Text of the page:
Regular visitors know that I am growing sweet peas ‘properly’ this year, training them up canes as single stems and not letting them ramble everywhere. This is to make sure I get long stems for cutting. It is also because, going against almost everything that is written, I am not sure that sweet peas look good clambering about over other plants or up netting. There are several reasons for this, it is not just me being awkward! Sweet peas can flower for a long time but only if you do not let them set seed pods. If you let a couple develop the plants stop flowering or at least they give up making decent stems. Also, if allowed to ramble you get short stems that are crooked and no good for cutting. And sweet peas need to be picked regularly. The buds will not open in water so you need to cut them when fully open and if you miss any the plants get lazy and stop flowering. If they get dry they get mildew too. So they really are not good enough for garden display in my opinion. I am not being hard on them – I love sweet peas but to get the best from them they need a fair bit of effort – and this year I will do just that.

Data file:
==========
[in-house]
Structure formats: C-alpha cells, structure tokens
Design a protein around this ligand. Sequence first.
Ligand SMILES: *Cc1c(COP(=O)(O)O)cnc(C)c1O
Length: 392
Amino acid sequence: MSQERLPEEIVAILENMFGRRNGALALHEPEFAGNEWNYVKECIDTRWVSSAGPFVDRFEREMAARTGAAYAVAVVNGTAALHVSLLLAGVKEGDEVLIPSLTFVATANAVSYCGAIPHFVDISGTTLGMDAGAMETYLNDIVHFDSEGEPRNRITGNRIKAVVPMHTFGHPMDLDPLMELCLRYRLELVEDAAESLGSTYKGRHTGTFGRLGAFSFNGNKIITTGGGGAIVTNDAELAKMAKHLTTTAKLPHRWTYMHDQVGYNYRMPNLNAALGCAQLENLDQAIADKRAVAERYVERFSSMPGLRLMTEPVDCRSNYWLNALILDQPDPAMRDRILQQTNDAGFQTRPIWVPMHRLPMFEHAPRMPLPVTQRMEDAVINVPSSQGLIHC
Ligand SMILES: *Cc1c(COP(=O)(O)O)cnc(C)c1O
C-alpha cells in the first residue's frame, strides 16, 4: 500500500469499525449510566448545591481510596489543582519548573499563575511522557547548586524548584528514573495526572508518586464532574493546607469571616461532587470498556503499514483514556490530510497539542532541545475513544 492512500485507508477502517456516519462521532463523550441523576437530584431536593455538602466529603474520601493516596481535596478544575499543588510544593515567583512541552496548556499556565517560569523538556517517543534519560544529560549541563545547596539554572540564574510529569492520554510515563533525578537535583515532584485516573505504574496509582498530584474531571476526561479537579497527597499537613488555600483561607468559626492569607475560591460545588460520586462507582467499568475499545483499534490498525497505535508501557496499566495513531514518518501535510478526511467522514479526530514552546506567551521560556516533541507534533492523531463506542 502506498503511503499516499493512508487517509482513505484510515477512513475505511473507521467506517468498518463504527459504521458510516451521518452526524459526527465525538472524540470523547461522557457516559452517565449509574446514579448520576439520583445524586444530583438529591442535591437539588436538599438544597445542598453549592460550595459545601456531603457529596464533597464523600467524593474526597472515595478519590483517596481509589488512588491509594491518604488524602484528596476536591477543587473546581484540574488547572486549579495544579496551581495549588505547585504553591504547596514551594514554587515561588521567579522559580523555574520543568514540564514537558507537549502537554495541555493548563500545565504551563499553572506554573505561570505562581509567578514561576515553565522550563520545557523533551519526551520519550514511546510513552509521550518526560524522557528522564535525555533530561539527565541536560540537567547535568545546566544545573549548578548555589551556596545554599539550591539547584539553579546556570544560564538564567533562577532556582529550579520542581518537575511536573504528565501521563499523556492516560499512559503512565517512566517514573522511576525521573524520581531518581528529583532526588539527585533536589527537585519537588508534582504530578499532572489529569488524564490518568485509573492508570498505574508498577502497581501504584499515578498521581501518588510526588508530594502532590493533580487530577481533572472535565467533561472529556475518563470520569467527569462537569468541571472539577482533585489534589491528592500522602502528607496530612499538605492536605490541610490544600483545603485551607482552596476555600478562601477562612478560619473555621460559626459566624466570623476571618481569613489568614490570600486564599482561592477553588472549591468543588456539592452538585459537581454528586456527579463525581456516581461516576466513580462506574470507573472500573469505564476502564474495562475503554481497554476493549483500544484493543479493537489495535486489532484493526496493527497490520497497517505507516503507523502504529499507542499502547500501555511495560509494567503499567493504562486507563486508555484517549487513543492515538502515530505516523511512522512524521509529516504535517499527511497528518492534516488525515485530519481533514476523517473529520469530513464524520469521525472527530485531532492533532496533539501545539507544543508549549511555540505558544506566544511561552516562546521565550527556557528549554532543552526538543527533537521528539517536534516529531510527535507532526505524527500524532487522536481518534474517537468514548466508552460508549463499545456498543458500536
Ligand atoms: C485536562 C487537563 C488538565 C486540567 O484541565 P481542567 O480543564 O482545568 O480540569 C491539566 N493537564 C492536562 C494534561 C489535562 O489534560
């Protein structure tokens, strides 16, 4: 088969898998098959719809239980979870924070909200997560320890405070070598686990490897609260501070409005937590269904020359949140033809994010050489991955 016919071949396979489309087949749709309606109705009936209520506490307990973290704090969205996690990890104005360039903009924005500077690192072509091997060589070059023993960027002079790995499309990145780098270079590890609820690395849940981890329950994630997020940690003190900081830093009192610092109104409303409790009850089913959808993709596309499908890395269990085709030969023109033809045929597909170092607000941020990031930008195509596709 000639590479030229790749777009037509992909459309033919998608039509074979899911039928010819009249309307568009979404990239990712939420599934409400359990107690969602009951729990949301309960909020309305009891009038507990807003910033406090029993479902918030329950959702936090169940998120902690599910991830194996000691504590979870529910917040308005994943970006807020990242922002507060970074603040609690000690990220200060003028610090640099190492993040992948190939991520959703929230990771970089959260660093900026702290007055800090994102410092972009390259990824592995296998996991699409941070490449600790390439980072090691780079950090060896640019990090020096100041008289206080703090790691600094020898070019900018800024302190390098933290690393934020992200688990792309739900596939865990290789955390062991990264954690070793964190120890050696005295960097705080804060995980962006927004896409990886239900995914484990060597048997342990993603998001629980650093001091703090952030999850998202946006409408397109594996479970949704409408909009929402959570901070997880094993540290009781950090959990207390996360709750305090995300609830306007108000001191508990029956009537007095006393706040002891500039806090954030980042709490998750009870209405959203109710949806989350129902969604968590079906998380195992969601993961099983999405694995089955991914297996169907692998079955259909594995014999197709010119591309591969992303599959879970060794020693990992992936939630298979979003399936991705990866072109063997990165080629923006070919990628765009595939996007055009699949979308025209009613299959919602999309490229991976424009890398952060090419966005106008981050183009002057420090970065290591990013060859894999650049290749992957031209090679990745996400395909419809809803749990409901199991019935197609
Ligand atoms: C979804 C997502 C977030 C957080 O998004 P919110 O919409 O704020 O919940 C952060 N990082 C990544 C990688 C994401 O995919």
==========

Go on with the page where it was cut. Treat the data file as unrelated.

So the soil has been well dug and has had a lot of manure added over the past year. A raised bed has been made and the soil was mulched with mushroom compost in autumn so I am hoping it is rich enough and has enough calcium in it to please the sweet peas. Canes were put in last month and the young plants were ready to plant out this weekend. The plants were sown last October and the tips were pinched out to encourage strong sideshoots. Each plant produced at least one strong shoot and once they were about 15cm long the plants were ready to go out, having rooted well in their individual pots.
I prepared the plot by scattering a few slug pellets on the ground a week before planting to try to reduce the slug population. The plants were watered well – it helps to get the plants out of the pots – and then carefully planted, one at the base of each cane.
They were then watered well to make sure the roots were in contact with the soil. In a week or so, when they start to grow, I will pinch off all but the one, strongest stem and tie this, with some wire rings (sweet pea rings) to the canes.